I hear your fiancé is very handy and helps with a lot of the more involved DIYs. How has that impacted the way you design your home? CI: I'm pretty lucky to have my fiancé Mike as handy as he is. Anything I want to do around the house, he can do it. He loves to build, and I love to design so it works out pretty great for us. I'm a "yes" kind of person so I always assume everything is possible even if it isn't.
To say Palm Springs is a destination full of design inspiration, relaxing amenities, and just plain fun, is a gross understatement. Thankfully, for those of us who have not been able to make the trek out to the California desert yet, our friends who have do not hold back when sharing photos. Browse our 30 favorites that will have you contemplating moving—not visiting—this photogenic desert oasis. (Also, this is The Saguara Palm Springs , aka the rainbow hotel EVERYONE wants to stay in.)
KRISTEN KELLOGG, Brand Storyteller, Filmmaker, Creative Director Behind Border Free TravelsWhat is your favorite thing to take photos of when you’re traveling? It’s really hard to pick a favorite because I am so inspired by various elements like nature, people, and food on adventures, but one thing I take great joy in is creating scenes with fellow travelers in well designed spaces like boutique hotels and luxury villas. What do you look for when taking travel photographs?
Muck Rack makes it simple to find people, tweets, or articles that mention any name, keyword, company, hashtag etc. We've compiled this guide to help you make the most of your search.
Selecting a term
Start searching tweets, articles from media outlets, articles mentioned in tweets, journalists'
names, titles and bios with some suggested searches:
Companies or Topics (e.g. iPhone, Microsoft)
Phrases (e.g. "cloud computing") — use quotes to keep the terms together
Twitter handles (e.g. @username) — returns those who have mentioned or replied to
Names (e.g. "David Pogue")
Hashtags (e.g. #sxsw, #london2012)
Bio details (e.g. vegan, Olympics, father)
Muck Rack's Advanced Search allows for many boolean operators.
Find results that mention multiple specified terms, use AND or
+. For example, ensure each result contains both Elon Musk and Mark Zuckerberg by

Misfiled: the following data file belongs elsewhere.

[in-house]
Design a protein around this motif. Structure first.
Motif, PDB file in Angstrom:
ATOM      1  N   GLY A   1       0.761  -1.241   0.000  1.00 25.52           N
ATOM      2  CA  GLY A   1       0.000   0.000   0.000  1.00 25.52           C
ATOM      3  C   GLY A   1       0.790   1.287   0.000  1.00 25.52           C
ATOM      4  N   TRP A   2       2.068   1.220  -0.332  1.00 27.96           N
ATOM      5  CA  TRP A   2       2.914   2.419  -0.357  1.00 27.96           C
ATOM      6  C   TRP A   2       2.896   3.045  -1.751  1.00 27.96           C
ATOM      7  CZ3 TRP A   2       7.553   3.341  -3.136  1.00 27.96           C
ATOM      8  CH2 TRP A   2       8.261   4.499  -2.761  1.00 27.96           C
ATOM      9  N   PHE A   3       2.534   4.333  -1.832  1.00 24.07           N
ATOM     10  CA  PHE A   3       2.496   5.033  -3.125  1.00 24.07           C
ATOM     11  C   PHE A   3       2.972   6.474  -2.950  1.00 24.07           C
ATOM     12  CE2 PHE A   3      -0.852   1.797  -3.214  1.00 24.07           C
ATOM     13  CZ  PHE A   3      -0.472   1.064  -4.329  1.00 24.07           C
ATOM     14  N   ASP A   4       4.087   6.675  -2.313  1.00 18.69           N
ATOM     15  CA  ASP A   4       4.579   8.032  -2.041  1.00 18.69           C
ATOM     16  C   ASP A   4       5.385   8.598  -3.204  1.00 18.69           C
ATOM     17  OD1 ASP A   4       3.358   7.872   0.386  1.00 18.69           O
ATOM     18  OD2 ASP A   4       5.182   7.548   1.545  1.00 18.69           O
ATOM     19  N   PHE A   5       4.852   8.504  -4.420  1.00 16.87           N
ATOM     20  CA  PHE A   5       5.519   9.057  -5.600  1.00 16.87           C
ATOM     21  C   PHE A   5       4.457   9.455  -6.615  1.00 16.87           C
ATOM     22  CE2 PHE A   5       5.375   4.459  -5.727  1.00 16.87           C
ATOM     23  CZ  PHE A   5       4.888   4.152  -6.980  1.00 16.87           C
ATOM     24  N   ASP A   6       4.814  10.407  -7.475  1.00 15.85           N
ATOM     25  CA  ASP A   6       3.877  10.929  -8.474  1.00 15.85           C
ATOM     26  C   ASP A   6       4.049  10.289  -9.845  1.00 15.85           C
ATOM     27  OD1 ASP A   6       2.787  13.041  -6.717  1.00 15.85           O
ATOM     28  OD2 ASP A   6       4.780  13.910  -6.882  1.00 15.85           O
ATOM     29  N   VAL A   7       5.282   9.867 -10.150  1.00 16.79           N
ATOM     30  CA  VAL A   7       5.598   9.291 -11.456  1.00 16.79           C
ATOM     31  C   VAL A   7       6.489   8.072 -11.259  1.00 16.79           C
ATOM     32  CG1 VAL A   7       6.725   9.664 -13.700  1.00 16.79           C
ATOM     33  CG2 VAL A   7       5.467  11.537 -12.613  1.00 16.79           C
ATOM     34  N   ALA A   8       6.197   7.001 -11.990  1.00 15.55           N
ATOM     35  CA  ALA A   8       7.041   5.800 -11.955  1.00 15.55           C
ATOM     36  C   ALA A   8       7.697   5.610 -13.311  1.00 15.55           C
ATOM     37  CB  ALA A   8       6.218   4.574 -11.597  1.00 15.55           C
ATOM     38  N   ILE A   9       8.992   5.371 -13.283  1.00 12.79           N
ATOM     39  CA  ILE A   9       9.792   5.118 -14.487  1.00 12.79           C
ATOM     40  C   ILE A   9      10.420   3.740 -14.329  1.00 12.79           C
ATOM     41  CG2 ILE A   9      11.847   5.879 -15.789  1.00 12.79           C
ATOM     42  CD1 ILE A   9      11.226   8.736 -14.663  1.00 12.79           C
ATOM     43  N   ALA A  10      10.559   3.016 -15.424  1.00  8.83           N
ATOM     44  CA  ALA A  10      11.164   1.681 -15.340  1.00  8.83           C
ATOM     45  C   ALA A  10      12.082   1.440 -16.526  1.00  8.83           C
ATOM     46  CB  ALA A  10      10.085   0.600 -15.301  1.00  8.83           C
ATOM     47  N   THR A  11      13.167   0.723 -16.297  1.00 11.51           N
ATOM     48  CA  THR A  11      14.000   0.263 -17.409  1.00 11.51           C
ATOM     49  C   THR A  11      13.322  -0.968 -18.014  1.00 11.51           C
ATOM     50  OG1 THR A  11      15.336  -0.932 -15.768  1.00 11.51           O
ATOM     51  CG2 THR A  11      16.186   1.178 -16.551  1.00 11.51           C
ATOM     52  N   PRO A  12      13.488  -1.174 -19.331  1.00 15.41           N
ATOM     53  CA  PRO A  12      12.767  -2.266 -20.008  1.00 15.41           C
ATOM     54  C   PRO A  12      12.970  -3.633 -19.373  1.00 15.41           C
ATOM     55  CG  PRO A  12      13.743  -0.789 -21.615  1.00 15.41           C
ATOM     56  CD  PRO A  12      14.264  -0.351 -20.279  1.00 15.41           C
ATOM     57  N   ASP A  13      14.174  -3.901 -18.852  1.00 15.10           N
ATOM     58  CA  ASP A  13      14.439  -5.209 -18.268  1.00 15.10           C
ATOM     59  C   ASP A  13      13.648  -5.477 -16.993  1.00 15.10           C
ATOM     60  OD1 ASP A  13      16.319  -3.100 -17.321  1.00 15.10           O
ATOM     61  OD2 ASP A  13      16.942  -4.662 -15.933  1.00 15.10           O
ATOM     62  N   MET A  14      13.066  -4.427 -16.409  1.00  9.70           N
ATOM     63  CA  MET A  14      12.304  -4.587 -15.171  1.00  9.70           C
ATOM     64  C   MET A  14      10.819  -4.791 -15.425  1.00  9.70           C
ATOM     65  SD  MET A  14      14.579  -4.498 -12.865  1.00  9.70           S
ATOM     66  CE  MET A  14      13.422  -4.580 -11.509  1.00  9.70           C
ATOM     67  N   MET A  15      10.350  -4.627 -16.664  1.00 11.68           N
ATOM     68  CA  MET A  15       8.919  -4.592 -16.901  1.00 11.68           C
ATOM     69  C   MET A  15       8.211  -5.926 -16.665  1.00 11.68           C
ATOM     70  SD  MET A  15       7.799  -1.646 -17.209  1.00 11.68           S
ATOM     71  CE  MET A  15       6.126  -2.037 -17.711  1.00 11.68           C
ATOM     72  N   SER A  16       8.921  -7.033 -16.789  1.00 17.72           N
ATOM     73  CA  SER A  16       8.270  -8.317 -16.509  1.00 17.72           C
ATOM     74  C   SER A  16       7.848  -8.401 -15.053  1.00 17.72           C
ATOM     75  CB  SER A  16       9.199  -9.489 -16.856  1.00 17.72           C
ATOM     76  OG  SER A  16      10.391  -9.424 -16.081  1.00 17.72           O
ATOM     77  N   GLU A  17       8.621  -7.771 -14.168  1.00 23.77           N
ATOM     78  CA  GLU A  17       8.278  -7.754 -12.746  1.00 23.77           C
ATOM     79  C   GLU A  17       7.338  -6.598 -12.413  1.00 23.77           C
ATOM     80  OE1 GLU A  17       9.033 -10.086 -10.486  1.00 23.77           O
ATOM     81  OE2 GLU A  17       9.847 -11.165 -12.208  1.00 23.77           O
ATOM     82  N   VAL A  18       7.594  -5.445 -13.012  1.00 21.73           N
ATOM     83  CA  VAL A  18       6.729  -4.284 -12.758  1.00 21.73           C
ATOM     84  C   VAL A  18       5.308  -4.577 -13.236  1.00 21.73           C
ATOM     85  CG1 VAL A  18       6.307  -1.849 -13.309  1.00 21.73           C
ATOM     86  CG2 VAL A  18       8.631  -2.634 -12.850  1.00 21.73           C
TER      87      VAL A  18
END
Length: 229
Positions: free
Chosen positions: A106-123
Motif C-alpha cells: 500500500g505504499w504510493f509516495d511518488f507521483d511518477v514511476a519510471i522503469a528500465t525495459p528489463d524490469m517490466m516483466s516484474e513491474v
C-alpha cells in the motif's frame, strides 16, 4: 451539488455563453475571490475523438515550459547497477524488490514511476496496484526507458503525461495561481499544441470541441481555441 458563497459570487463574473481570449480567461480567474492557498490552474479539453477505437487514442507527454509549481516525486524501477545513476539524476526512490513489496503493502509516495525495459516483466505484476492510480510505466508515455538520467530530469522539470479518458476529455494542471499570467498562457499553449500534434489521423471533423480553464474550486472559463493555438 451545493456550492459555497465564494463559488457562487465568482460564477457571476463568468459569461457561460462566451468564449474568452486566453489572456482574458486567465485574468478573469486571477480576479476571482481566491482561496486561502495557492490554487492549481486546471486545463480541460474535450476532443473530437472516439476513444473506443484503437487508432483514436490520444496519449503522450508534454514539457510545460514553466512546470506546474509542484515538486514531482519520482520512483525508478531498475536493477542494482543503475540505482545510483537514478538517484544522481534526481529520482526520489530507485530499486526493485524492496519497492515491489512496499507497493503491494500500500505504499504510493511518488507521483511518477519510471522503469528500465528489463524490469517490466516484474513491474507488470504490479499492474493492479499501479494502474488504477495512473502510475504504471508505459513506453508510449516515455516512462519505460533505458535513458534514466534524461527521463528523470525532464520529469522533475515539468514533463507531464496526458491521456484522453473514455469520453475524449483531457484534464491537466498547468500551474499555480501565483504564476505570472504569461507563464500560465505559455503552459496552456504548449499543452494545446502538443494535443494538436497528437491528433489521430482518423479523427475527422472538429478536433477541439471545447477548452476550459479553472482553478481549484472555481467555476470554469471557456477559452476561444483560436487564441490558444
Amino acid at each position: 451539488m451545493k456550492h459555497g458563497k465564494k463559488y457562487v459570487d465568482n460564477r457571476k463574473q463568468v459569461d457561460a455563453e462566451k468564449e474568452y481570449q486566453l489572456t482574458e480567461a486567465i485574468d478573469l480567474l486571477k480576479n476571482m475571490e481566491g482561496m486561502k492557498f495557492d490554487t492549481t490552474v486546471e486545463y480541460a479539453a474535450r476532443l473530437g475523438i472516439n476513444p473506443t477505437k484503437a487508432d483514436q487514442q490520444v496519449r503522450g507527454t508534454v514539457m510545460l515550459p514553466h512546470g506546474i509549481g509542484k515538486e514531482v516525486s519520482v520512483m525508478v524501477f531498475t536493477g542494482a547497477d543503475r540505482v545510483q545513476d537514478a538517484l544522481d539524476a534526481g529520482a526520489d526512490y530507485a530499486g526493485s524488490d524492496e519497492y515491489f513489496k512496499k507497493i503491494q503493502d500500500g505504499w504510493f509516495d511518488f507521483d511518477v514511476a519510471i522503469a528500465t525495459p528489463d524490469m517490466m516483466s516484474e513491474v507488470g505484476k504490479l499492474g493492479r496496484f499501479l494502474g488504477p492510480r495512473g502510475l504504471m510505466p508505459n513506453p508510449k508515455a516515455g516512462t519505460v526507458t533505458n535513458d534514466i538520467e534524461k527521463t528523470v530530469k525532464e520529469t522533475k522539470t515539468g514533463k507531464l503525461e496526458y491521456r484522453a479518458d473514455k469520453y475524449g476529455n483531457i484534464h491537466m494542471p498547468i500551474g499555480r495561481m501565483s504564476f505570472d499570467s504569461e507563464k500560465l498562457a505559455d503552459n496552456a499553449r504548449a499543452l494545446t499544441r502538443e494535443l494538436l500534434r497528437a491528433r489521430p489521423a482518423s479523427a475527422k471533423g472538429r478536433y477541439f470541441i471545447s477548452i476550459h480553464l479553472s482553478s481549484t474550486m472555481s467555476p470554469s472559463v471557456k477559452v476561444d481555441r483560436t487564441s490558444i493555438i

searching Obama AND Romney or Obama + Romney.
Use the operators OR or , to broaden your search when you'd like either of
multiple terms to appear in results. (This is the default behavior of our search when no operators
are used.) For example, search for democrat OR republican to find results that refer to
Democrats and/or Republicans.
Use NOT or - to subtract results from your search. For
example, searching Disney will yield results about the Walt Disney Company as well as Walt Disney
World Resort. To exclude mentions of Disney World, search for Disney -World or Disney
When using one of these operators with a phrase, enclose it in quotation marks. For example, you can
find results about smartphones excluding Apple's iPhone 4S by searching smartphone -"iPhone
Exact case matching or punctuation
If you're searching for a brand name or keyword that relies on specific punctuation marks or capitalization, you can
find results that match your exact query by adding matchcase: before the keyword you're searching for, like matchcase:E*TRADE .
Use parentheses to separate multiple
boolean phrases. For example, to find journalists talking about having fun in Disney World or
Disneyland, search for ("disney world" OR disneyland) AND fun.
An asterisk can be used to search for any variation of a root word truncated by the asterisk. For example, searching for admin* will return results for administrator, administration, administer, administered, etc.
A near operator is an AND operator where you can control the distance between the words. You can vary the distance the near operation uses by adding a forward slash and number (between 0-99) such as strawberries NEAR/10 "whipped cream", which means the strawberries must exist within 10 words of "whipped cream".